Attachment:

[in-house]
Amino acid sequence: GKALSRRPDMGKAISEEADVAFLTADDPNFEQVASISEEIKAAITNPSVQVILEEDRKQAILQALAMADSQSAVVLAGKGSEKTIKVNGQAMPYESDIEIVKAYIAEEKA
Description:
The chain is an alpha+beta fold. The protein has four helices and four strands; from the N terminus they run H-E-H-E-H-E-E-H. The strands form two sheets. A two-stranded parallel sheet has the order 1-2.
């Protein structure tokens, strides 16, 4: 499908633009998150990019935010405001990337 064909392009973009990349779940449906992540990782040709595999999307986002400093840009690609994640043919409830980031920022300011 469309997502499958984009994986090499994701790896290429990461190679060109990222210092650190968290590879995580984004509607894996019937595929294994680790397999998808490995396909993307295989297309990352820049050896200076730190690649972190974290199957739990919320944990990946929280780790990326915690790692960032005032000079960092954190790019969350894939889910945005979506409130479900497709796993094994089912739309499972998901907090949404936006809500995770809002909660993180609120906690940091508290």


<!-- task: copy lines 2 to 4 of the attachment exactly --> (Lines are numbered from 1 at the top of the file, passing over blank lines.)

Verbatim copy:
Amino acid sequence: GKALSRRPDMGKAISEEADVAFLTADDPNFEQVASISEEIKAAITNPSVQVILEEDRKQAILQALAMADSQSAVVLAGKGSEKTIKVNGQAMPYESDIEIVKAYIAEEKA
Description:
The chain is an alpha+beta fold. The protein has four helices and four strands; from the N terminus they run H-E-H-E-H-E-E-H. The strands form two sheets. A two-stranded parallel sheet has the order 1-2.